Auger holes are typically 2 to 4" inches across and do little or no damage to archeological deposits.
Back to Top The most common method of making chipped-stone projectile points, knives, and many other kinds of tools is to systematically chip away pieces from the edge of a large piece of flint.
Using atlatl-thrown darts, Aztec warriors were able to penetrate the light Spanish armor worn by Spanish conquistadors under Cortez, killing many.
They are small because the arrow shafts to which they were affixed were thin and light, often made of cane.
In prehistoric times most arrow points were made of chipped stone, usually chert ("flint").
In contrast, in many other circumstances it is not clear whether two things found side-by-side were actually left behind at the same time.
Most archeological sites do not represent moments in time, but are instead accumulations of things that may have been discarded days, months, or even years apart.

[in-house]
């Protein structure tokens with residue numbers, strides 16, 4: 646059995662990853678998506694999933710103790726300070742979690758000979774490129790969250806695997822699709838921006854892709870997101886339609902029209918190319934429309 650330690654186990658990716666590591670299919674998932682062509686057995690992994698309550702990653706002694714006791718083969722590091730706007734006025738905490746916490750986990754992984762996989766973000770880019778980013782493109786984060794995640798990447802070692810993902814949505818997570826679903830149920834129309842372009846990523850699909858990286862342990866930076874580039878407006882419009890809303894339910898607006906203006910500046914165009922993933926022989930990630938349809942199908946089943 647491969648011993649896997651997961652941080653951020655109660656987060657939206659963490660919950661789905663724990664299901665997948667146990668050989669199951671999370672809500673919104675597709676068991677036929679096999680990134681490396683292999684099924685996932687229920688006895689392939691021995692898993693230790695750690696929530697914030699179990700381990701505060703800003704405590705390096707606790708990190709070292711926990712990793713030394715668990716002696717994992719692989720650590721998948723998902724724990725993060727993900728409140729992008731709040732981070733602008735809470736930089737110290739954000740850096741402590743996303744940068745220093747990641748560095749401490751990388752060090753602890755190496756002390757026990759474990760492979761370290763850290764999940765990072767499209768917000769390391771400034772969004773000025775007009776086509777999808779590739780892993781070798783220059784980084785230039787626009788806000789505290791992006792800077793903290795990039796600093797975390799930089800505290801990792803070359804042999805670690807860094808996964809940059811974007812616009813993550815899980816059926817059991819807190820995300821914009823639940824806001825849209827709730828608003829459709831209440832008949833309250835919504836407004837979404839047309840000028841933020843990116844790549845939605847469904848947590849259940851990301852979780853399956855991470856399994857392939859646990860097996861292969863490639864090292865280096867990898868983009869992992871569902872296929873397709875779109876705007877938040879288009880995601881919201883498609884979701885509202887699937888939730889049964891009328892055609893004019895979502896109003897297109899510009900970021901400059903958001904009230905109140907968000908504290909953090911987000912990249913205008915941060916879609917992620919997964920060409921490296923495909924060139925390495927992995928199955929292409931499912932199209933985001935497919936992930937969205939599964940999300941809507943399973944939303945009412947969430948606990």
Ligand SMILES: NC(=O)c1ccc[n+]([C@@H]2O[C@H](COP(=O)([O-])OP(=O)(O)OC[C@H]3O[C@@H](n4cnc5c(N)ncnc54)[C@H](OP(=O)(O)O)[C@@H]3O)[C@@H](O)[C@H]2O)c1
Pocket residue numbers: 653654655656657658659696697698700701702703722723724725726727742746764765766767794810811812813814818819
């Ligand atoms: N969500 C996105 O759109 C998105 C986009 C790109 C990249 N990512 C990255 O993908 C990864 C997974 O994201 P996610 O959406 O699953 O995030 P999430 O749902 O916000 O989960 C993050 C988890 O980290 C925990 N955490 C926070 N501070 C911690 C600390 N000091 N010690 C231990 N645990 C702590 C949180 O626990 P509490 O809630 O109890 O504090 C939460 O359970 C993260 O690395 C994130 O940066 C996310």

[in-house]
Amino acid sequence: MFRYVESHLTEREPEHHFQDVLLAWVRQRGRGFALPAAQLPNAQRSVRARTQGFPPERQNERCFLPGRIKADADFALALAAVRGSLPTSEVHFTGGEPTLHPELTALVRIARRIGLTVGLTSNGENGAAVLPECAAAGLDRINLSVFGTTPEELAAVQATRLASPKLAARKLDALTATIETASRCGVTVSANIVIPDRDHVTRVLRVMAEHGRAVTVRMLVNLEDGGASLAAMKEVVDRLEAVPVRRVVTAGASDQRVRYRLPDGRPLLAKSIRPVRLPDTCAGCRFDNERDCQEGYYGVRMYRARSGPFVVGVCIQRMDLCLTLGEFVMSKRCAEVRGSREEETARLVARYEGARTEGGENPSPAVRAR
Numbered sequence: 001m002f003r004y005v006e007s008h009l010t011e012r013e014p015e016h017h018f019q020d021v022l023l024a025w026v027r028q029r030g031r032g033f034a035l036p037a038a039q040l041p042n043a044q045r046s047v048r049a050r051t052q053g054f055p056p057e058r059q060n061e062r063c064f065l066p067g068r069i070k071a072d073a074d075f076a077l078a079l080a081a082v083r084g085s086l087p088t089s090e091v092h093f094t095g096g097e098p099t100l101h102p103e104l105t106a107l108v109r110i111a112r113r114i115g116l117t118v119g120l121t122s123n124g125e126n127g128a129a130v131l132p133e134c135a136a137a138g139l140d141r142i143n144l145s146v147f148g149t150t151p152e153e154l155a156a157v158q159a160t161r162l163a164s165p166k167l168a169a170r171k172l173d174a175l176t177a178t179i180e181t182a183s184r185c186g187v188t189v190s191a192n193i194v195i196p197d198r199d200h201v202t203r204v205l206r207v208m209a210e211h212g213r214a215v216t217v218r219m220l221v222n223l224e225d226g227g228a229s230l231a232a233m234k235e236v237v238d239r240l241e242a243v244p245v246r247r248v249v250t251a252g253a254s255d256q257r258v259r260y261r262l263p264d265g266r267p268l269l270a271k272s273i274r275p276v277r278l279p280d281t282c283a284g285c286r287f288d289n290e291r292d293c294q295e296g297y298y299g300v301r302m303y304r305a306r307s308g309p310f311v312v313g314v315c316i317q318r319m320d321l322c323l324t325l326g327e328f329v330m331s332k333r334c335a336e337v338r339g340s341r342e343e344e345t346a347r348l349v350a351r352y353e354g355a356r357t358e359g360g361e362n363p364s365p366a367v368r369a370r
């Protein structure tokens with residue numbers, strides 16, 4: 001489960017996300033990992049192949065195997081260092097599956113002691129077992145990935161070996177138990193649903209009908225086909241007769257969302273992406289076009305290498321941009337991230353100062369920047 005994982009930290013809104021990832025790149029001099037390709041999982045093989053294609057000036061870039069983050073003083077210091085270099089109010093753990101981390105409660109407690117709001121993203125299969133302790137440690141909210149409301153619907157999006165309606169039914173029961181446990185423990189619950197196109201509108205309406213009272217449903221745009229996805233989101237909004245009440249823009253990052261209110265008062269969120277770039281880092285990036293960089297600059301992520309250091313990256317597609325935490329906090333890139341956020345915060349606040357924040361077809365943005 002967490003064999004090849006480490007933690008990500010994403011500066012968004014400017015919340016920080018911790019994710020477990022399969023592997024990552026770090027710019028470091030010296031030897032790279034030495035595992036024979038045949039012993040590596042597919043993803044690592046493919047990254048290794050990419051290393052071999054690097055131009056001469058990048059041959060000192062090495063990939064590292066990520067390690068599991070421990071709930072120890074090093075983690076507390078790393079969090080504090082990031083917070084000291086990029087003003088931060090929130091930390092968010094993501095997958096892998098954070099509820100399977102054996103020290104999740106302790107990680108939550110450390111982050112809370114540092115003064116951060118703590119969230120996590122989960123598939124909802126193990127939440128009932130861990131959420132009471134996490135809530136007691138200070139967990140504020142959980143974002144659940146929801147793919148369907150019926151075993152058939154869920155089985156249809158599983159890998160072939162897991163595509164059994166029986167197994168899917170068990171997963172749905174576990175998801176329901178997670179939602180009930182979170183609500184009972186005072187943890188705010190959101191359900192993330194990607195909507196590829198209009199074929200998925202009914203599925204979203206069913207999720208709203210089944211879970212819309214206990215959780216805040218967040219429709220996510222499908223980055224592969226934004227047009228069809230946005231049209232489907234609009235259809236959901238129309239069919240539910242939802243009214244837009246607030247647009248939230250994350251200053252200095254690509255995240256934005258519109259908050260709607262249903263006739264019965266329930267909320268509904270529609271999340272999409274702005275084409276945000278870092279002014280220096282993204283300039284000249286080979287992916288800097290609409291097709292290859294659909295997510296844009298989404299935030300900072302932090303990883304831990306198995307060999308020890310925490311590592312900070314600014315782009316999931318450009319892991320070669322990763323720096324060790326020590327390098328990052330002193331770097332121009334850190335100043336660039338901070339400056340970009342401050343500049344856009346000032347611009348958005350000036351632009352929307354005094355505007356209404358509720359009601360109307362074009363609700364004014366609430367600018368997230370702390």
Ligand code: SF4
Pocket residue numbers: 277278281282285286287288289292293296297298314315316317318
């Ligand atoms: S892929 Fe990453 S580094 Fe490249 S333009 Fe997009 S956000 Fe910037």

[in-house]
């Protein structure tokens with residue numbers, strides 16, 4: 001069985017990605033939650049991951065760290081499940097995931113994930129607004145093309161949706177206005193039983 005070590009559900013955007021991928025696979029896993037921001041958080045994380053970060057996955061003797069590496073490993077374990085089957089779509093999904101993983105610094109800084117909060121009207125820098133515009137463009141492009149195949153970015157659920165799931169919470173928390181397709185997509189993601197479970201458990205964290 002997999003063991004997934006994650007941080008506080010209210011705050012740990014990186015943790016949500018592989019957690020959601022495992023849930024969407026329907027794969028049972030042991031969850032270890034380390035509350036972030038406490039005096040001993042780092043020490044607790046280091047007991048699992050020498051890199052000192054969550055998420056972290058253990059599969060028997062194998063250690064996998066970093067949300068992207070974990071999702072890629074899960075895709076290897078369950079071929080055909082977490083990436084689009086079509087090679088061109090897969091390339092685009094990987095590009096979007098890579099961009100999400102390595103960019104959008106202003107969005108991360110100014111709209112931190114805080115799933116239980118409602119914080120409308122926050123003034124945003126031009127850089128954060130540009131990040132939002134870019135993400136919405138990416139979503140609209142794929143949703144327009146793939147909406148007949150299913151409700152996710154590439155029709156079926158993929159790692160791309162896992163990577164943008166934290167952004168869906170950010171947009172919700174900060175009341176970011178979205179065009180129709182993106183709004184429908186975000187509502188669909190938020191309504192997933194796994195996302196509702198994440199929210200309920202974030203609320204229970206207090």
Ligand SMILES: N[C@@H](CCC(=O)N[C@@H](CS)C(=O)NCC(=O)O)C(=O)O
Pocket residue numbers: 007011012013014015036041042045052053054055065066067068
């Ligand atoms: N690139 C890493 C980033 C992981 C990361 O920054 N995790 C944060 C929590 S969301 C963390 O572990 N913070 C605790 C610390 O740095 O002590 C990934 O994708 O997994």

Archeologists pay a lot of attention to floodplains because many sites are located on or within alluvium.
Back to Top The Antelope Creek phase or culture is believed to have developed from indigenous Plains Woodland groups who moved south from the Kansas area, perhaps because of drought.
Nonetheless, hunting and gathering remained an important part of their livelihood.
(Alibates exhibit) Back to Top Often mistakenly called "bird points," tiny arrow points no bigger than your thumbnail were perfectly capable of killing a person or even a buffalo when attached to an arrow shot by an accurate archer.
Back to Top During floods, especially flash floods, much of the sediment carried down a hillslope or mountain is deposited where the water slows down and fan-shaped deposits (like deltas) form.
Prehistoric farmers in the American Southwest often farmed alluvial fans because of the alluvial sediment and because such places tend to be wetter.
A smart archeologist critically evaluates artifact associations and looks for compelling evidence that things found together belong together.